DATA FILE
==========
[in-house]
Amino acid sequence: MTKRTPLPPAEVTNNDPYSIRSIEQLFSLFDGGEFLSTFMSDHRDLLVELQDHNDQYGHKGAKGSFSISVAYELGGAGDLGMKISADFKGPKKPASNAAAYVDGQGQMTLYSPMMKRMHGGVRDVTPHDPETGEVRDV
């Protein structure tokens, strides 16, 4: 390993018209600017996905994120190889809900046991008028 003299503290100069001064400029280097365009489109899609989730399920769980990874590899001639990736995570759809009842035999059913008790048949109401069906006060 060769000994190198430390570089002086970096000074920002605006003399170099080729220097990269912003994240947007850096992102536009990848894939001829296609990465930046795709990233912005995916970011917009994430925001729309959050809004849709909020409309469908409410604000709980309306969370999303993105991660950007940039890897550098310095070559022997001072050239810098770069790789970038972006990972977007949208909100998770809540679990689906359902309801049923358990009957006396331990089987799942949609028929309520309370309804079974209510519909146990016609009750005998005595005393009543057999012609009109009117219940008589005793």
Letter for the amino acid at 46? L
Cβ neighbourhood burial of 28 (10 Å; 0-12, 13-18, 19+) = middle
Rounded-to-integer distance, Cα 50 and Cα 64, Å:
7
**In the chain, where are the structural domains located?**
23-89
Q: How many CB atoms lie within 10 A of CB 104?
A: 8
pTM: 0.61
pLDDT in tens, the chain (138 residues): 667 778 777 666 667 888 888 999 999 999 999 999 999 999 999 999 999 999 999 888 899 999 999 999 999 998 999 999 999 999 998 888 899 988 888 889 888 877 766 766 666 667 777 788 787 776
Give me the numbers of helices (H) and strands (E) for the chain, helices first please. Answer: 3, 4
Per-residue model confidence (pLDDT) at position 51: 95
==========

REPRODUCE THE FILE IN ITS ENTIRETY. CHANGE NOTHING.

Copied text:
[in-house]
Amino acid sequence: MTKRTPLPPAEVTNNDPYSIRSIEQLFSLFDGGEFLSTFMSDHRDLLVELQDHNDQYGHKGAKGSFSISVAYELGGAGDLGMKISADFKGPKKPASNAAAYVDGQGQMTLYSPMMKRMHGGVRDVTPHDPETGEVRDV
């Protein structure tokens, strides 16, 4: 390993018209600017996905994120190889809900046991008028 003299503290100069001064400029280097365009489109899609989730399920769980990874590899001639990736995570759809009842035999059913008790048949109401069906006060 060769000994190198430390570089002086970096000074920002605006003399170099080729220097990269912003994240947007850096992102536009990848894939001829296609990465930046795709990233912005995916970011917009994430925001729309959050809004849709909020409309469908409410604000709980309306969370999303993105991660950007940039890897550098310095070559022997001072050239810098770069790789970038972006990972977007949208909100998770809540679990689906359902309801049923358990009957006396331990089987799942949609028929309520309370309804079974209510519909146990016609009750005998005595005393009543057999012609009109009117219940008589005793």
Letter for the amino acid at 46? L
Cβ neighbourhood burial of 28 (10 Å; 0-12, 13-18, 19+) = middle
Rounded-to-integer distance, Cα 50 and Cα 64, Å:
7
**In the chain, where are the structural domains located?**
23-89
Q: How many CB atoms lie within 10 A of CB 104?
A: 8
pTM: 0.61
pLDDT in tens, the chain (138 residues): 667 778 777 666 667 888 888 999 999 999 999 999 999 999 999 999 999 999 999 888 899 999 999 999 999 998 999 999 999 999 998 888 899 988 888 889 888 877 766 766 666 667 777 788 787 776
Give me the numbers of helices (H) and strands (E) for the chain, helices first please. Answer: 3, 4
Per-residue model confidence (pLDDT) at position 51: 95